Former Pompeii Managers Under Investigation for Corruption – Site Gets €105 Million Makeover
The headline in articles by Agence France Presse and elsewhere trumpeted news that Pompeii, the world famous archeological site in southern Italy, will receive a much needed infusion of €105 million … Almost overshadowing mention that former site director Marcello Fiori, former restoration supervisor Luigi D’Amora, and a former contractor, Annamaria Caccavo, were under investigation for corruption.
According to the article:
One contract priced by Caccavo at 449,882 euros ended up costing the state 4.84 million euros, prosecutors said in court documents.
The works “were not essential” for preserving Pompeii and were geared towards holding stage performances in the ruins of the ancient city.
Pompeii, buried in 79 AD under volcanic ash from neighboring Mount Vesuvius, provides a remarkable snap shot of Roman life frozen in time. In a nation littered with amazing historic sites, it is a standout. However, as AFP notes:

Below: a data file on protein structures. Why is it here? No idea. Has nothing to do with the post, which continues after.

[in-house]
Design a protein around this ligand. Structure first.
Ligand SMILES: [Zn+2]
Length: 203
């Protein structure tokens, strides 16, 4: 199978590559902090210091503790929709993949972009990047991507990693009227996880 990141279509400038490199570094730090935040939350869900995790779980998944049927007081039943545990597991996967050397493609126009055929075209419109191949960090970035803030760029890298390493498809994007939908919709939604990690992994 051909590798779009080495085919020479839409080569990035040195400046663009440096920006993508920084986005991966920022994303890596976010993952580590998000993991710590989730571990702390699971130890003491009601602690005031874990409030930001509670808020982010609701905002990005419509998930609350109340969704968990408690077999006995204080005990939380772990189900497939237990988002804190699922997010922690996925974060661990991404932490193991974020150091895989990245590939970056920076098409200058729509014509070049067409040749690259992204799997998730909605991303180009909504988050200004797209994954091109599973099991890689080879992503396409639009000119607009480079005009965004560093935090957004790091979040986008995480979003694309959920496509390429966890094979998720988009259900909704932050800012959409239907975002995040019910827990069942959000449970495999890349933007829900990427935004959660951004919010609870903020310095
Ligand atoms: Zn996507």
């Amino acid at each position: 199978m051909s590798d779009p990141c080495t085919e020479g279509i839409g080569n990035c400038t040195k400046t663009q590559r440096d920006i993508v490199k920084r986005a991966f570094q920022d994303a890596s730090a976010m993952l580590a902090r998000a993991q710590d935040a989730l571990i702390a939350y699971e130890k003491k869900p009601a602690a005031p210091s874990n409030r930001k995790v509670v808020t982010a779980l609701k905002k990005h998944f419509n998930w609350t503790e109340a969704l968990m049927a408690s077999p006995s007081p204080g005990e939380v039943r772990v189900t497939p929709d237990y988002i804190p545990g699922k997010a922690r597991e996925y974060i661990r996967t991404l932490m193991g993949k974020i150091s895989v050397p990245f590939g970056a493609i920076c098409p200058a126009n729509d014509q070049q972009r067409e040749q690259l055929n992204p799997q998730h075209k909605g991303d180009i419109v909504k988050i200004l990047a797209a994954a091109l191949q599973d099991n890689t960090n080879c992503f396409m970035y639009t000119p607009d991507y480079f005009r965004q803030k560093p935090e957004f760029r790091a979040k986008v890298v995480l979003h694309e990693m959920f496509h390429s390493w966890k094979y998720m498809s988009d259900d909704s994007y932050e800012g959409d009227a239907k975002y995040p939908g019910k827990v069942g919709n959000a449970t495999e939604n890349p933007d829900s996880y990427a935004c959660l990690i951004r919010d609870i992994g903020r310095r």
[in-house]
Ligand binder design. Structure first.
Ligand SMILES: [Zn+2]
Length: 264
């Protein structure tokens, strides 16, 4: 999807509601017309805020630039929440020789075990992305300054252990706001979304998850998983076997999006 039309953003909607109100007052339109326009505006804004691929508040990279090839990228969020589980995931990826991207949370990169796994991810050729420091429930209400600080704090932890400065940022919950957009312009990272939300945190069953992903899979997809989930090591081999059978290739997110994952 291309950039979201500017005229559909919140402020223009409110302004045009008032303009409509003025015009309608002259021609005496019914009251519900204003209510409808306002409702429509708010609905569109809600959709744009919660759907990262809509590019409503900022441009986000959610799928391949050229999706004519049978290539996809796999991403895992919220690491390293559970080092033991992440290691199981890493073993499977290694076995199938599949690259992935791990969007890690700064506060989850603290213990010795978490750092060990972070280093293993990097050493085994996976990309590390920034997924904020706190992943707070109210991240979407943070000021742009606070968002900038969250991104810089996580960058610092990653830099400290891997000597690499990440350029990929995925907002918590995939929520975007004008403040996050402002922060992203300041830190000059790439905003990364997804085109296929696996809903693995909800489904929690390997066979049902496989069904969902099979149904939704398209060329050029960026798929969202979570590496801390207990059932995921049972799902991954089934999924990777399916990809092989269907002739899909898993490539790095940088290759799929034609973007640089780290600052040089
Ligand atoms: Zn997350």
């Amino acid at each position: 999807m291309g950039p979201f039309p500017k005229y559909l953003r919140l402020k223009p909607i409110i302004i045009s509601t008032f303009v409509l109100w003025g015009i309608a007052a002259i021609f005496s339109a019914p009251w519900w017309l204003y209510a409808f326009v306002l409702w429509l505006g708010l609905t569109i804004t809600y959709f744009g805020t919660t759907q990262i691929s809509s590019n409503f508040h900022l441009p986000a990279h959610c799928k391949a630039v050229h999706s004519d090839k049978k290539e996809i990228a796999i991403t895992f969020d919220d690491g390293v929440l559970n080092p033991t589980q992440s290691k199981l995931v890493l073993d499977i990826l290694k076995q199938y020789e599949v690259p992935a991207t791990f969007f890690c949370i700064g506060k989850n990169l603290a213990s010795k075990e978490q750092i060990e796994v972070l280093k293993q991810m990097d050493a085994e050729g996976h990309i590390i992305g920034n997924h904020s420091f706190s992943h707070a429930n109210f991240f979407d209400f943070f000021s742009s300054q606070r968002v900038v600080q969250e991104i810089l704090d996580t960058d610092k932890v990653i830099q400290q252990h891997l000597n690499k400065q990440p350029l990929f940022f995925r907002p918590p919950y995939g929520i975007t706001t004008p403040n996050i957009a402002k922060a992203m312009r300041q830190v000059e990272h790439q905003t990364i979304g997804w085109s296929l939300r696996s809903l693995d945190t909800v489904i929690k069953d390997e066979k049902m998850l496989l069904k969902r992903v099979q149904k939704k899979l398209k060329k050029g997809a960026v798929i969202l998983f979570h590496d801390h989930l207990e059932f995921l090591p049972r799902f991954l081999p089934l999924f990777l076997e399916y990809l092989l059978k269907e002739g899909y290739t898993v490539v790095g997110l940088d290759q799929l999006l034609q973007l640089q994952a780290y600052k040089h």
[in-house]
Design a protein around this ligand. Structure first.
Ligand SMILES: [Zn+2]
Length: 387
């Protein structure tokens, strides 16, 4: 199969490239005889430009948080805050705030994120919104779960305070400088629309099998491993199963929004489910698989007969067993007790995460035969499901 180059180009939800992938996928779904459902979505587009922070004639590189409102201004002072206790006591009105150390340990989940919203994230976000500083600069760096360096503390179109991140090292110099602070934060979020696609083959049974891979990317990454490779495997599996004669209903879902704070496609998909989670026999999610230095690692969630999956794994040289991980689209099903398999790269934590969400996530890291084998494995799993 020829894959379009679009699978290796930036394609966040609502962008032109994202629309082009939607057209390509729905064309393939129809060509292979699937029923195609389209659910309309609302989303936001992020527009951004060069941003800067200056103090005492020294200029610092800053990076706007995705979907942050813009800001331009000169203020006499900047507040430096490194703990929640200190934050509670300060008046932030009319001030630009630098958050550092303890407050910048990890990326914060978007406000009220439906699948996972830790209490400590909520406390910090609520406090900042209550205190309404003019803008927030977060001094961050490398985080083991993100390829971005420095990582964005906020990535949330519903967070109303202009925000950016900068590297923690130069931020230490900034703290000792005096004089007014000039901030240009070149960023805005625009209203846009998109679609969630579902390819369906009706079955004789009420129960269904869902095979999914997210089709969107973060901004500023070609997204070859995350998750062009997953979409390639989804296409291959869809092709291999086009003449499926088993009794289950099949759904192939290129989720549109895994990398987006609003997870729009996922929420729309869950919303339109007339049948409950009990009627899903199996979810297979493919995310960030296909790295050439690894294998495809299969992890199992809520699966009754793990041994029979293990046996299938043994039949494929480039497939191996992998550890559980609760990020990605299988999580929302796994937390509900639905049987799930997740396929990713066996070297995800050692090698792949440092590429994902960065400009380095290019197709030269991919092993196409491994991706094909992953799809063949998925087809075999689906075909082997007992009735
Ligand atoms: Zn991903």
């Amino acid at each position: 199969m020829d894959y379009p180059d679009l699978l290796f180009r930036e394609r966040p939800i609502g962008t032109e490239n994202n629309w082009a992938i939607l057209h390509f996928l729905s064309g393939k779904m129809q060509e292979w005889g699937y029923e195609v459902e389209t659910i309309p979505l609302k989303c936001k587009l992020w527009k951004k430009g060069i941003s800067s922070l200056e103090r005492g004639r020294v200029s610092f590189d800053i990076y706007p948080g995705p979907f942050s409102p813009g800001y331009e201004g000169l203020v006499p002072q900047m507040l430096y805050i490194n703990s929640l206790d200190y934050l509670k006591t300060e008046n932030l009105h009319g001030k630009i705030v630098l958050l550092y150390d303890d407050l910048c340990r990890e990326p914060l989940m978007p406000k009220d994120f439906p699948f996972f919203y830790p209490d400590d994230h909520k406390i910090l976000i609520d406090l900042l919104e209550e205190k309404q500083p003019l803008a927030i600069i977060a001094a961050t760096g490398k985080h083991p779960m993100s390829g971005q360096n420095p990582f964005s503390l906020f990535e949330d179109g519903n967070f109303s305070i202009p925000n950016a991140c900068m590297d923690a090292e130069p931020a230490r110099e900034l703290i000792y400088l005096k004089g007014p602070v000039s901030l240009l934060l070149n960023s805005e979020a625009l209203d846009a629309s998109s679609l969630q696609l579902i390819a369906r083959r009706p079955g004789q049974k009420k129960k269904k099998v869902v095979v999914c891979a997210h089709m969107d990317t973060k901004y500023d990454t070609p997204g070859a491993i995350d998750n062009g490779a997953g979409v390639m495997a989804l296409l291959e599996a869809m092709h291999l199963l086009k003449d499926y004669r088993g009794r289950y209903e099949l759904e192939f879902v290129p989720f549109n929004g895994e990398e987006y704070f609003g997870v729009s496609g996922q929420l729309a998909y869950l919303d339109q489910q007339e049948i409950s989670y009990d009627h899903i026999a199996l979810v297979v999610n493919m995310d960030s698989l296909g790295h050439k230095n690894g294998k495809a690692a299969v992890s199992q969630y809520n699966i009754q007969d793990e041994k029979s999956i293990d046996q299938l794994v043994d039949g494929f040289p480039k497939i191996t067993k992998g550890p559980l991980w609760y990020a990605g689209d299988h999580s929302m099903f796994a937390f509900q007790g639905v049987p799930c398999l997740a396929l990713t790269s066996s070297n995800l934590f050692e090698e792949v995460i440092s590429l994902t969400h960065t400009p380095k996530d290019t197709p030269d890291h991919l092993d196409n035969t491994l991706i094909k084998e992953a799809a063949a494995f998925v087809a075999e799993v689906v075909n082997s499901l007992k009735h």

The hugely popular site near Naples has come to symbolise the decades of mismanagement of many of Italy’s cultural treasures, as well as the fallout from recent steep cuts in budgets for culture because of austerity measures.
The repairs are aimed at reducing the risk of exposure to the elements, reinforcing the ancient Roman buildings, restoring Pompeii’s famous frescoes and increasing video surveillance at the site where security has been lax.